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See FTC Enforcement of Privacy Policies.
According to the Federal Trade Commission, Online Privacy Policies should disclose the following:
- What information is collected;
- How the information is collected;
- How the information is used;
- Whether information is disclosed to others;
- How choice, access and security are provided to consumers;
- Whether other entities are collecting information through the site (e.g., third party advertisers); and
- Who is collecting the data.
See Fair Information Practices
The FTC has developed four criteria for effective privacy programs:
- Notice - Web sites should provide consumers clear and conspicuous notice of information practices, including what information is collected, how it is collected (e.g., directly or through less obvious means such as cookies or webbugs), how the information is used, how consumers are provided Choice, Access, and Security, whether information is disclosed to other entities, and whether other entities are collecting information through the site.
- Choice - Web sites should offer consumers choices as to how their personal identifying information is used beyond the use for which the information was provided (e.g., to consummate a transaction). Such choice encompasses bother internal secondary uses (such as marketing back to consumers) and external secondary uses (such as disclosing data to other entities).
- Access - Web sites should offer consumers reasonable access to the information collected about them, including a reasonable opportunity to review information and to correct inaccuracies or delete information.
- Security - Web sites should take reasonable steps to protect the security of the information collected from consumers. [Privacy Online 2000 p. iii]
Privacy policies should be clear and free of contradictory or ambiguous language. When changes are made to policies, notice should be provided to individuals from whom the sites have collected material information, and affirmative opportunity to consent or opt out might be required. [Privacy Online 2000 p. 26]
Better policies are shorter. They should not be buried in a barrage of legalize, terms and conditions, which of tern are too long and incomprehensible to consumers. To be effective, privacy policies should build consumer trust.
- Microsoft Privacy Wizard
- Secure Assure Privacy Profile Wizard
- TRUSTe Privacy Statement Wizard
"B. Website Seal Programs.
"Third-party enforcement programs known as “seal programs,” provide another way to monitor company practices and enforce privacy policies. By clicking on the “seals” such as TRUSTe, BBBonline, Webtrust, and Enonymous.com on a particular website, a user is immediately linked to the site’s privacy statement. The purpose of the seal programs is to create name and sight recognition for the seals so that consumers will see them and know that they are visiting a site they can trust. Seal programs are designed to provide protection to consumers, by allowing web companies to standardize privacy policies."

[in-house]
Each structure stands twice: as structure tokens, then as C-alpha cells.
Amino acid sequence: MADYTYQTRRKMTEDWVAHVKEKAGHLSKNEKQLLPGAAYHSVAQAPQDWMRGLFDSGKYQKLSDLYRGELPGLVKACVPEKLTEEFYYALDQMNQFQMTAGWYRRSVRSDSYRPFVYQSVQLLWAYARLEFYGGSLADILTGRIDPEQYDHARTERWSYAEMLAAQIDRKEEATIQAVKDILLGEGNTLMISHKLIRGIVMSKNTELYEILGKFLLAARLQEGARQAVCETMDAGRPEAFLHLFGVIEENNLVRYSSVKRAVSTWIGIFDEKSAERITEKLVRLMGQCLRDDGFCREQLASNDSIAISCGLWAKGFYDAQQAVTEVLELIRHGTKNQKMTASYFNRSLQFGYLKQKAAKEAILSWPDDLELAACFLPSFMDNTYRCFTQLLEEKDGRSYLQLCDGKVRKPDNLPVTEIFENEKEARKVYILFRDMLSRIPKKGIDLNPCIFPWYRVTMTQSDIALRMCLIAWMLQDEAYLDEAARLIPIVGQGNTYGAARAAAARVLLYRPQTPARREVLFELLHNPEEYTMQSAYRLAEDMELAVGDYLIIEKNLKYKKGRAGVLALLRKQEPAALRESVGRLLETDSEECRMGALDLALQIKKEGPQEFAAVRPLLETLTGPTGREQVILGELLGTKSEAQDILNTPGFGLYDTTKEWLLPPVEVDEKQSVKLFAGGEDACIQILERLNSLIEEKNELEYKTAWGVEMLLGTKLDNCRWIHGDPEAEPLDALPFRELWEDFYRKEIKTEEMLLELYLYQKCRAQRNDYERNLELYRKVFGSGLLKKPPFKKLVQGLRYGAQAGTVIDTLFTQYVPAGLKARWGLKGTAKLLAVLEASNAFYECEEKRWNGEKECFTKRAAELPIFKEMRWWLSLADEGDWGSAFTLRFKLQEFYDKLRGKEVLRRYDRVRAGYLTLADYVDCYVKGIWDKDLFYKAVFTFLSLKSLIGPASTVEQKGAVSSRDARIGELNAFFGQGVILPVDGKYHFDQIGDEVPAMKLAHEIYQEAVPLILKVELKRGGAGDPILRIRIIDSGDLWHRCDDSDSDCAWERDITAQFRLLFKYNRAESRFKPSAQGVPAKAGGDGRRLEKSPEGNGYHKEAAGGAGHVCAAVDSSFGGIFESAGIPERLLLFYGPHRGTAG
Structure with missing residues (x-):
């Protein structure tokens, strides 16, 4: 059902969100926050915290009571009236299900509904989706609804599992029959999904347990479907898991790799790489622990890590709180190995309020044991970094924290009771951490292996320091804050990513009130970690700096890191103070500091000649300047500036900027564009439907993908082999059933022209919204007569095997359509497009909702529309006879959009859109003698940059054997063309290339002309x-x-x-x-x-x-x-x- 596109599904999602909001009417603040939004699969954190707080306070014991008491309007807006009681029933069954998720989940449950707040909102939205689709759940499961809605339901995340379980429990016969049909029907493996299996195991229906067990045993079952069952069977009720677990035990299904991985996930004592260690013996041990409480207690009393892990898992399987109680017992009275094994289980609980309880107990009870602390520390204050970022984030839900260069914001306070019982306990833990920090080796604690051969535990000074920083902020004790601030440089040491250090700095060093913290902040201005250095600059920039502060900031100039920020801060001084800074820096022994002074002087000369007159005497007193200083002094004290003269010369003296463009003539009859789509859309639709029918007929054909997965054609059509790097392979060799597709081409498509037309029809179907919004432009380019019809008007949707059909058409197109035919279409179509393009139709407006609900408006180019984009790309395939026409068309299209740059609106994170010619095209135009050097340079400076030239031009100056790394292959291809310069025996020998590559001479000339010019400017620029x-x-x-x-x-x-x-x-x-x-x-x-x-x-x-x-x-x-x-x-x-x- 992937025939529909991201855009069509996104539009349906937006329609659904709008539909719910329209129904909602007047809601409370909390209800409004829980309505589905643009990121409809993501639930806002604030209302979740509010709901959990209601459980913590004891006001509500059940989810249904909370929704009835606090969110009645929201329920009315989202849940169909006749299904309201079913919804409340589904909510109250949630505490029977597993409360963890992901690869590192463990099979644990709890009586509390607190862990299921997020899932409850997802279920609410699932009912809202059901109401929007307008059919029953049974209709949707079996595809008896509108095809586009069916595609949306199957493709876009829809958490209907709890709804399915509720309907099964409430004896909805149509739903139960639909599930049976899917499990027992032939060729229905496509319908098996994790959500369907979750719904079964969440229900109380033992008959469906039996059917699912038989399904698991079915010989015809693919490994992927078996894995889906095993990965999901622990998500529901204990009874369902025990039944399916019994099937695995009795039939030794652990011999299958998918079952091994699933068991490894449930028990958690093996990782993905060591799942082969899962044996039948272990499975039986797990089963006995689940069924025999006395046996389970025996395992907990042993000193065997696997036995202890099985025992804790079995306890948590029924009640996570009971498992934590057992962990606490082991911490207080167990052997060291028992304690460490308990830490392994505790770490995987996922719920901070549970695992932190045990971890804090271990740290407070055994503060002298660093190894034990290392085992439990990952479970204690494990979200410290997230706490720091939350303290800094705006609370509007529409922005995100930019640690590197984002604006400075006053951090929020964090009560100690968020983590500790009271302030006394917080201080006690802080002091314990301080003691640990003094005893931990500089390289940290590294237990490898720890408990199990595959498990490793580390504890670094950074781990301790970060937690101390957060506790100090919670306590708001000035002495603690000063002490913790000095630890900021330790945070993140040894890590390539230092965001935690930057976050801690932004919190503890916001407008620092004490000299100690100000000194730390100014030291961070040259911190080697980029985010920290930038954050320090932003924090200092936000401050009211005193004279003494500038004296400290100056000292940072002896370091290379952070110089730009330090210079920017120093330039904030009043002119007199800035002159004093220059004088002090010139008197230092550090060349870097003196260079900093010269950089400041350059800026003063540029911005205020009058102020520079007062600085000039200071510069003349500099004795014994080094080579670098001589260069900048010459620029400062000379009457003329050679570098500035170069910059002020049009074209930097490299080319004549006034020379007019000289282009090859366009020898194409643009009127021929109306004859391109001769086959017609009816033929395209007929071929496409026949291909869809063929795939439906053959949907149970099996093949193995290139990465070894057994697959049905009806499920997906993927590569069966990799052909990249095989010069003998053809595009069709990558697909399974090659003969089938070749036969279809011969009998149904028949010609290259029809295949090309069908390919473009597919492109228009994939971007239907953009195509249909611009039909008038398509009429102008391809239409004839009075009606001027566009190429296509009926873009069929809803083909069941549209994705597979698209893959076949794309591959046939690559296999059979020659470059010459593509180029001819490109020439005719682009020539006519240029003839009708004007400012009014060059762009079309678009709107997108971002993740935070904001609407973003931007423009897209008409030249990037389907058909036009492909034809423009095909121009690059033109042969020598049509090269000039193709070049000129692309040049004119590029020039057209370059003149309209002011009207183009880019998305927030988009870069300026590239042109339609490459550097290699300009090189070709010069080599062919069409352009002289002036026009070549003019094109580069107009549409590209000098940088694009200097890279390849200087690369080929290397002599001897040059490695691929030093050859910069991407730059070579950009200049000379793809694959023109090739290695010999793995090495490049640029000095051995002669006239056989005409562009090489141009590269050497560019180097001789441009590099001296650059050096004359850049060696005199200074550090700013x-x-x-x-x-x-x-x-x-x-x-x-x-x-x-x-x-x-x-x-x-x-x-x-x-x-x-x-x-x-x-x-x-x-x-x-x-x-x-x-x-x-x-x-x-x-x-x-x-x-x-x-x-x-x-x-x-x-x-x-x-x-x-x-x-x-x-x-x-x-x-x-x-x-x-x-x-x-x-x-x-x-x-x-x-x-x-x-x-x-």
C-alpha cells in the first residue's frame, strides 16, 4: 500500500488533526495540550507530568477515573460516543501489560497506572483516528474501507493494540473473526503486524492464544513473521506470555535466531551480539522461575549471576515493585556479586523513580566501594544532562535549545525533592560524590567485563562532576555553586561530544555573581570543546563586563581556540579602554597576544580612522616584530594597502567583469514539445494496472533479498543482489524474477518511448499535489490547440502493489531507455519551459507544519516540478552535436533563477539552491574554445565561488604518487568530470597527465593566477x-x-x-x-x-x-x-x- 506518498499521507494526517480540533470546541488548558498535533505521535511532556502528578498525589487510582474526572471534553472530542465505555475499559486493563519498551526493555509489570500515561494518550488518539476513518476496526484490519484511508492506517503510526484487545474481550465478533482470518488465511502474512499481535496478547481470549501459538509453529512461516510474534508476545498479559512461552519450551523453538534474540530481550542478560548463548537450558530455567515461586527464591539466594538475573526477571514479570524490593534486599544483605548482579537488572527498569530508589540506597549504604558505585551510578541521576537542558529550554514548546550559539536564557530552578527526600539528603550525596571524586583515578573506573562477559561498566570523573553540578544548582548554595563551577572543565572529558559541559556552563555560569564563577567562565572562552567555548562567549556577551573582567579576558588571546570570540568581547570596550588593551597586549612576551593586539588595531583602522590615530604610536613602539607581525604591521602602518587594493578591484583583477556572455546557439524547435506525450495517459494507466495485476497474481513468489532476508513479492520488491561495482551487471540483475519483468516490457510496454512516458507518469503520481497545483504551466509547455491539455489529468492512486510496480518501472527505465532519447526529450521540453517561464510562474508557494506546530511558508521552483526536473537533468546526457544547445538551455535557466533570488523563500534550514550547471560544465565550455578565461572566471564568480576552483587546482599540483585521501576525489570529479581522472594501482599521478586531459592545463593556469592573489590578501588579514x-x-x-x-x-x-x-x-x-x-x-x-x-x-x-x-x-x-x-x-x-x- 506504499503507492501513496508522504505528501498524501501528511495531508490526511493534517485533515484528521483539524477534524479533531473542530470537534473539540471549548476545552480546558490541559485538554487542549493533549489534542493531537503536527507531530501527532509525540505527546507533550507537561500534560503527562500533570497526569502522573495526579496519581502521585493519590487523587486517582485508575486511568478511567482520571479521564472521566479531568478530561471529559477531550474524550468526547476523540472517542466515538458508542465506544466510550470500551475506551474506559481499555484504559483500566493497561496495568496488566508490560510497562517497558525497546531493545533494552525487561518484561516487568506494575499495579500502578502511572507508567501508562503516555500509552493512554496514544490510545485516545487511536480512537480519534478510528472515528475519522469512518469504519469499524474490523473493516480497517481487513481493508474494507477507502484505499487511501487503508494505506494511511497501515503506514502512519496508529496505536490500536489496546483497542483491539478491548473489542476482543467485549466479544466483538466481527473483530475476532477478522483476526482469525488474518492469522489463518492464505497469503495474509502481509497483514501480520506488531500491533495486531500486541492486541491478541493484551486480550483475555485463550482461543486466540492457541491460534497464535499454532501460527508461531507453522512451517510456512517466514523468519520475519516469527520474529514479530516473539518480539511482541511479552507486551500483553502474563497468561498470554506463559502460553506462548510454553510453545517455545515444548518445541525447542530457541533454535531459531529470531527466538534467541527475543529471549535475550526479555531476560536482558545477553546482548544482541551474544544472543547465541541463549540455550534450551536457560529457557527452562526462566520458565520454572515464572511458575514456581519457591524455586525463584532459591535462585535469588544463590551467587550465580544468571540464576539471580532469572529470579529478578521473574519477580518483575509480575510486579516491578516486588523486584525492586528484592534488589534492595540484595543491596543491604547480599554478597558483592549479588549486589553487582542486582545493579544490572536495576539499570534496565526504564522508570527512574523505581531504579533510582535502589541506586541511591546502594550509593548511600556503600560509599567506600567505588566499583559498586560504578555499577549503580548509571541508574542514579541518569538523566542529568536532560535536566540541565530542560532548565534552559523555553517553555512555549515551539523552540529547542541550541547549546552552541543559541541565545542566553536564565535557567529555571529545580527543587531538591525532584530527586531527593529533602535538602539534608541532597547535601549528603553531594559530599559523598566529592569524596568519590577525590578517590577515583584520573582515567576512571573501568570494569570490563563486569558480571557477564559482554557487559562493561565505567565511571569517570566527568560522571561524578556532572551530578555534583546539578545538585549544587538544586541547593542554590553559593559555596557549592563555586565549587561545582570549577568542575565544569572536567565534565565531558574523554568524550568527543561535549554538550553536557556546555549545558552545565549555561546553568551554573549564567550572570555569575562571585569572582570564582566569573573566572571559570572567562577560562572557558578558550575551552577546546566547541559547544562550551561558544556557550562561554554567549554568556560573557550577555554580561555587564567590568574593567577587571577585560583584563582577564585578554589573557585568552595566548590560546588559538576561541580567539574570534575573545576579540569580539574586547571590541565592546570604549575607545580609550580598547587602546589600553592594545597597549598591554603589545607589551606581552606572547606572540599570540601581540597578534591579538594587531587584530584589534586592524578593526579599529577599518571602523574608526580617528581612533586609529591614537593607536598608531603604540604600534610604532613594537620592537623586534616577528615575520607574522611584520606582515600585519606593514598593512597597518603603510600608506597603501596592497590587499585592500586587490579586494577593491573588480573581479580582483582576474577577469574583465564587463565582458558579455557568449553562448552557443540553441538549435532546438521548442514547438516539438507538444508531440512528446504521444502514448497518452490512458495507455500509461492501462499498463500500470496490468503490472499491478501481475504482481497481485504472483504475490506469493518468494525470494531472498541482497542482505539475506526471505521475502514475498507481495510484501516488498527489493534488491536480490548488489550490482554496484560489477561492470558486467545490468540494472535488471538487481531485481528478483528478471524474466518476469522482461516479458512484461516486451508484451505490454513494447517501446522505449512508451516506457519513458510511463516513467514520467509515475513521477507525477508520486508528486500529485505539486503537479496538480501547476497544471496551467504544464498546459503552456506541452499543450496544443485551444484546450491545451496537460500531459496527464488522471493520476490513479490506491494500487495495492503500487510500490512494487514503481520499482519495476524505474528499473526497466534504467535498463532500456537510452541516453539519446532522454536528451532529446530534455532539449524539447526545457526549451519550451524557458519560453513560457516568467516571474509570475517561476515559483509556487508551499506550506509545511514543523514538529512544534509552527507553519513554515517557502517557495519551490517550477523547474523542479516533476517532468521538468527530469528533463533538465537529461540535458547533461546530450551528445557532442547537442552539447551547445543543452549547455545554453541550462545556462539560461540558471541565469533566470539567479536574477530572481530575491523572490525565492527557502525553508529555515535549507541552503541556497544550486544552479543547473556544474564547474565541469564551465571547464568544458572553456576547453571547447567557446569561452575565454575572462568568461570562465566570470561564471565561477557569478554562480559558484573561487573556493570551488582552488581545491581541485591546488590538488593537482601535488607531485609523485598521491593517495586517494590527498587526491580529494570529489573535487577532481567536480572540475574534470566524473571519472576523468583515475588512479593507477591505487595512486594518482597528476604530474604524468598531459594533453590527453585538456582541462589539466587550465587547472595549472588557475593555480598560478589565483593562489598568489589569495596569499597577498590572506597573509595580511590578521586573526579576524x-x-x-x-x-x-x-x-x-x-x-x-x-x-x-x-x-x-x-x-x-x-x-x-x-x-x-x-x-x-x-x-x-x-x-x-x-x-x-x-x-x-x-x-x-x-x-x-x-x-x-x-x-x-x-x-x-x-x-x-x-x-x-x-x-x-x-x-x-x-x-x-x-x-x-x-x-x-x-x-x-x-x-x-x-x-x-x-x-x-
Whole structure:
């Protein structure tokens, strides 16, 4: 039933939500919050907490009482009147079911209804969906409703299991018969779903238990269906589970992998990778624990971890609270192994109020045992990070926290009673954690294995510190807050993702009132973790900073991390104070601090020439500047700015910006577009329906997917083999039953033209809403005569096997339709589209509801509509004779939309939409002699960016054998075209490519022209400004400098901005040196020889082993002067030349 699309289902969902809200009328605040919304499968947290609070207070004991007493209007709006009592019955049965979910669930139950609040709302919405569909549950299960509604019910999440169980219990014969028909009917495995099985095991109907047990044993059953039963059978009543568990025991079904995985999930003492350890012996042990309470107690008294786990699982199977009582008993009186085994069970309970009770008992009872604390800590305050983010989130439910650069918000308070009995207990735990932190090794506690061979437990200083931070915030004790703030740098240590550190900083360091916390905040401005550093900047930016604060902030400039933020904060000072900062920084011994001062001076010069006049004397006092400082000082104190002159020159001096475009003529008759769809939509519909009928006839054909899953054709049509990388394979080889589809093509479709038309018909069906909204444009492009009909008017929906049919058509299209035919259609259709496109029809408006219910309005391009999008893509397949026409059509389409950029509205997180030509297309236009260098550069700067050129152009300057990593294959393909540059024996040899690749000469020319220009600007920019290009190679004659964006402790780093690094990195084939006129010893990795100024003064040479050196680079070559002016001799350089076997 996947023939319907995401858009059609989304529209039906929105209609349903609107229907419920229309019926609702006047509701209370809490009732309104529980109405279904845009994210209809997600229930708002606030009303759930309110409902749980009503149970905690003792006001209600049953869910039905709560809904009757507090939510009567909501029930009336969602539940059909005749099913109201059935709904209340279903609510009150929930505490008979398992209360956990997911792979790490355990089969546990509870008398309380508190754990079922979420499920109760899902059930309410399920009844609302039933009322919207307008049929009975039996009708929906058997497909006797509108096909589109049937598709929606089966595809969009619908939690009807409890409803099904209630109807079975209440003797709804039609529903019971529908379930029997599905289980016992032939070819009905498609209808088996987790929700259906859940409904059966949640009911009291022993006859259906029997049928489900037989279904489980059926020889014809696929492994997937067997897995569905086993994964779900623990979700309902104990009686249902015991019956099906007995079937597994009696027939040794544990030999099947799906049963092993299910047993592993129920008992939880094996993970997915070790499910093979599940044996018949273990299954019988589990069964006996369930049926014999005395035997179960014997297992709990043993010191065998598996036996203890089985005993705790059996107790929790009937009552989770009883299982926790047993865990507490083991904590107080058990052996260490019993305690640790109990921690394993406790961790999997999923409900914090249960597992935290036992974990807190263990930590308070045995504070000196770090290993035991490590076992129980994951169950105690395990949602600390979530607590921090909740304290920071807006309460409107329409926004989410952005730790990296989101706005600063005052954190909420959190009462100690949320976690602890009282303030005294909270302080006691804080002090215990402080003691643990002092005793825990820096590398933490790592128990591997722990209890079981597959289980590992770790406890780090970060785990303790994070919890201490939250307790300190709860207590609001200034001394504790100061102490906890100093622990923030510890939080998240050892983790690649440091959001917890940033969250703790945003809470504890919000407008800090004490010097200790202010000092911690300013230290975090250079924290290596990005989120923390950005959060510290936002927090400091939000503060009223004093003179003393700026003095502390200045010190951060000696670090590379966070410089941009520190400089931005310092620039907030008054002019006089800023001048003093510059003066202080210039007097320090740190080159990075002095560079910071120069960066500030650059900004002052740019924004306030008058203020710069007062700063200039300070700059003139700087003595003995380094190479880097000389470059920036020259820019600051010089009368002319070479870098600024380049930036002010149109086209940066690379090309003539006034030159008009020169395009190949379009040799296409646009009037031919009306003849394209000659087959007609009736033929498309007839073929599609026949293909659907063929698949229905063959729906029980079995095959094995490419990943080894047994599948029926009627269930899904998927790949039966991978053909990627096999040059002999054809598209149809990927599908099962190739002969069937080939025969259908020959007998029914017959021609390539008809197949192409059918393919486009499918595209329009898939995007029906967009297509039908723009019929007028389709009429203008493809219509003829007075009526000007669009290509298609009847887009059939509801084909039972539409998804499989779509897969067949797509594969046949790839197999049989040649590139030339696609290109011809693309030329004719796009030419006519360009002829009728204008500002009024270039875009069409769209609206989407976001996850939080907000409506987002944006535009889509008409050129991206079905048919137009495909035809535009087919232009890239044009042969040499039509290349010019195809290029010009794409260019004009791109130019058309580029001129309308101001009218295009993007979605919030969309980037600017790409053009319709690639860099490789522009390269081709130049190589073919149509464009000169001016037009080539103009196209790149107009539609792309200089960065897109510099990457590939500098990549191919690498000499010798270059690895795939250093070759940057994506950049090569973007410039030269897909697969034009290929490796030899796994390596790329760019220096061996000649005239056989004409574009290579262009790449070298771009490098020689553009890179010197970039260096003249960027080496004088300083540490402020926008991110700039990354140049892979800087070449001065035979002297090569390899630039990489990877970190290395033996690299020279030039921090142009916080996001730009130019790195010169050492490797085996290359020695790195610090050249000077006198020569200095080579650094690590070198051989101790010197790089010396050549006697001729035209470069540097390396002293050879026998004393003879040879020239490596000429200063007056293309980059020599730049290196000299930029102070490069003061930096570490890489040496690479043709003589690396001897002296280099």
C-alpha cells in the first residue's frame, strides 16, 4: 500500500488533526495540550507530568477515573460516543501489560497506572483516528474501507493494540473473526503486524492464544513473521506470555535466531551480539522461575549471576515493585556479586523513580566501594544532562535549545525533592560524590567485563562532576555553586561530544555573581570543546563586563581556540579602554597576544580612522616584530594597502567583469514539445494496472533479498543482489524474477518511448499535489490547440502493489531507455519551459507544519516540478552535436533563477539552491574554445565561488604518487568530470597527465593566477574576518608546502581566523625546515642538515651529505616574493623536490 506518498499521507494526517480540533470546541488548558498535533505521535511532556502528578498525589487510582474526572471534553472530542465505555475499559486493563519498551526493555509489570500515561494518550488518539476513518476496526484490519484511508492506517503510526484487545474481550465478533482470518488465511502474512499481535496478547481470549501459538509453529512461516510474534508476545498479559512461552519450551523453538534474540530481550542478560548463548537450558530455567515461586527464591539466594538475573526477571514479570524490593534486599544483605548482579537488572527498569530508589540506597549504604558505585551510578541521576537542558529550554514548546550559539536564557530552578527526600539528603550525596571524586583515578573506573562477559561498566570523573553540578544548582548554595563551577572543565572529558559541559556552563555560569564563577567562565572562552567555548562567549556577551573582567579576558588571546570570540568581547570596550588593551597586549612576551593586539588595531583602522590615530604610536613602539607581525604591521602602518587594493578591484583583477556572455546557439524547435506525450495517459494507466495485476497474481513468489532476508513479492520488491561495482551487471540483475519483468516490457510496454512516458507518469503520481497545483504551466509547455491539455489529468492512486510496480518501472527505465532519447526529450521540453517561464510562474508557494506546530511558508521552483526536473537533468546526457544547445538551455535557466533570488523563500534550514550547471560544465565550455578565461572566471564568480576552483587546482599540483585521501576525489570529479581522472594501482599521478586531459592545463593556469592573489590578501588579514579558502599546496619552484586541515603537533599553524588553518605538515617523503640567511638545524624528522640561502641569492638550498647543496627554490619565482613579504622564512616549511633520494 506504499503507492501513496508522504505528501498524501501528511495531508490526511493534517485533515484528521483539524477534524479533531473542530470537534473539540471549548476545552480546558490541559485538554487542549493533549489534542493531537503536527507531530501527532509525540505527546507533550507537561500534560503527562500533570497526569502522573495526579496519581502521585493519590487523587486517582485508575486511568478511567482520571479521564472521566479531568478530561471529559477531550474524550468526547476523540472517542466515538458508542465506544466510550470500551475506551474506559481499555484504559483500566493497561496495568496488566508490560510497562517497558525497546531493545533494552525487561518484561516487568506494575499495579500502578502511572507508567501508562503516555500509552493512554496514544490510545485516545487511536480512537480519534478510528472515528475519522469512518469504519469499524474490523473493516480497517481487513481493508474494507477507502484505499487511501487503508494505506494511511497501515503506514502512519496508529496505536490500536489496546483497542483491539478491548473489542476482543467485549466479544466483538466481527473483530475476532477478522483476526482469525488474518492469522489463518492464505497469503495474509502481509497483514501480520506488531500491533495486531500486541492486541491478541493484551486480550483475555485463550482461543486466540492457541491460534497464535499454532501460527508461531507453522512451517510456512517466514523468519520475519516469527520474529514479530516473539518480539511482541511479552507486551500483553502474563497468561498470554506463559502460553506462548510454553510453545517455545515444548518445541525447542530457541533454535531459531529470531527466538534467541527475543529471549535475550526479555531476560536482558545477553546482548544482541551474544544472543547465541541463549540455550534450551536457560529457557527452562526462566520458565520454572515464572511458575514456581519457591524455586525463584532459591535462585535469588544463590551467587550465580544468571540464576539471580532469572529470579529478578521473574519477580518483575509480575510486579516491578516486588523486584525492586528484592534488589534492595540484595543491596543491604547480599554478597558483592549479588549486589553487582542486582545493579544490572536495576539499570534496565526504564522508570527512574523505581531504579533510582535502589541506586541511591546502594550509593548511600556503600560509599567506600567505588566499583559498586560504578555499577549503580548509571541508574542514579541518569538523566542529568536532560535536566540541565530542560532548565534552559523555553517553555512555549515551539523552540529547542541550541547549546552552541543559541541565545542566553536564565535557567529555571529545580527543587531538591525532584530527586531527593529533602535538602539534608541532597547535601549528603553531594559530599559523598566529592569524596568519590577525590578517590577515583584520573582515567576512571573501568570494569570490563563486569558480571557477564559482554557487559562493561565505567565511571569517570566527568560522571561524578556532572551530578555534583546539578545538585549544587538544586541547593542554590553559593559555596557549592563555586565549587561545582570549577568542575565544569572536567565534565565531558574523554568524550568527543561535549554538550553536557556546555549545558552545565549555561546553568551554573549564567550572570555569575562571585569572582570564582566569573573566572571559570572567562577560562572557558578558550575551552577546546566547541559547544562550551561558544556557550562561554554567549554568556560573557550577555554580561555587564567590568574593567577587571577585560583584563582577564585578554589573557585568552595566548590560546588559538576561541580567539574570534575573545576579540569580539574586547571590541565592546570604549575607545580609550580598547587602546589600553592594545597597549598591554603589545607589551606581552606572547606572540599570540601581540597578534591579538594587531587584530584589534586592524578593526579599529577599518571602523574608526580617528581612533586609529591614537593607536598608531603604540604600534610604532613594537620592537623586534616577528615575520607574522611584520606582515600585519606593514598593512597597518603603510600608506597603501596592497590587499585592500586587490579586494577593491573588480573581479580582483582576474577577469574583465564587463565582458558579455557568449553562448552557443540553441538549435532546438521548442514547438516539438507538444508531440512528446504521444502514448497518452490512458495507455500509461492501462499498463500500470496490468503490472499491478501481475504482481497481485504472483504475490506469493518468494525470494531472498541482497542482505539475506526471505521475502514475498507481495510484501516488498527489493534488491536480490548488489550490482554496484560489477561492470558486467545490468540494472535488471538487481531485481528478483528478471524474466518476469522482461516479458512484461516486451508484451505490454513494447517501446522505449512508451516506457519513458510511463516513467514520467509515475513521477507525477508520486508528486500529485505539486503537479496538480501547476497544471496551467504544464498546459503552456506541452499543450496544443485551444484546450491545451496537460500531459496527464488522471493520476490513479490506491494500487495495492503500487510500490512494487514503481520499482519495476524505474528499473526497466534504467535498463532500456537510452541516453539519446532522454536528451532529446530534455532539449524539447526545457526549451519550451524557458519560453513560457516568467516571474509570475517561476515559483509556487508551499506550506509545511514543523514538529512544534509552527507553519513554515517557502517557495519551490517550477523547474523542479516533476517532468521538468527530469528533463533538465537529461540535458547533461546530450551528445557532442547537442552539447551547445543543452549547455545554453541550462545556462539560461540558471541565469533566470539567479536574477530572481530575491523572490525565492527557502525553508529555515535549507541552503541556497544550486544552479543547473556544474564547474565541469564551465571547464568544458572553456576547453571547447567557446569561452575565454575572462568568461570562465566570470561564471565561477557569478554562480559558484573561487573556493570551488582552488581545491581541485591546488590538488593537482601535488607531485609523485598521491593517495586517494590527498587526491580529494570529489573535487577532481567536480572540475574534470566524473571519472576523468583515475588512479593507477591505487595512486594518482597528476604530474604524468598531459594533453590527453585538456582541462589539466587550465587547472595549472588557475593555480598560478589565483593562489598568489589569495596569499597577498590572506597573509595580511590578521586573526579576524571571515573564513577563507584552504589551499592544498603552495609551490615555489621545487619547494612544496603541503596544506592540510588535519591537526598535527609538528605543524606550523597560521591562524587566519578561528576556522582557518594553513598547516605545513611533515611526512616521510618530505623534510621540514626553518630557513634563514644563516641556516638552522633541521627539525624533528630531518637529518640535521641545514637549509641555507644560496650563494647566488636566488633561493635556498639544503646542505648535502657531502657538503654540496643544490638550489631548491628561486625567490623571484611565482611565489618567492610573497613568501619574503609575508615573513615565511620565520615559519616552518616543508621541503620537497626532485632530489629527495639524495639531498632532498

- Know the Rules Use the Tools, Privacy in the Digital Age: A Resource for Internet Users, US Senate Judiciary Committee, p. 24 (n.d.)
The FTC also recognizes that enforcement is also a necessary component of any successful privacy program. In self regulation efforts, enforcement may come about contractually where sites participate in privacy seal of approval trust programs and are confronted with potential removal from that program. The government may also have a role where sites post privacy information and fail to comply with those representations, or follow other privacy practices that might otherwise be considered deceptive.
- Consumer readable policies
- Standardized policies
- Machine readable policies (P3P)
- Full policies
- Full screen privacy policies versus mobile device small screen privacy policies
- Ashwini Rao Florian Schaub Norman Sadeh, Alessandro Acquisti, Ruogu Kang, Expecting the Unexpected: Understanding Mismatched Privacy Expectations Online, FTC PrivacyCon 2016
- Chris Jay Hoofnagle and Jennifer M. Urban, Alan Westin's Privacy Homo Economicus, 49 Wake Forest L. Rev. 261 (2014) ("A regime of "notice and choice" largely governs U.S. Internet privacy law.' Companies, long encouraged by regulators, issue privacy policieS2 for consumers to read and act upon... In recent years, notice and choice has come under growing and sustained criticism, including criticism from regulators and businesses, in light of evidence that it may be ineffective.5 Yet it remains the central feature of U.S. privacy law. ")
- Center for Democracy and Technology, Behind the Numbers: Privacy Practices on the Web (1998)
- Irene Pollach, What's wrong with online privacy policies? , CACM September 2007, 50(9): 103-108.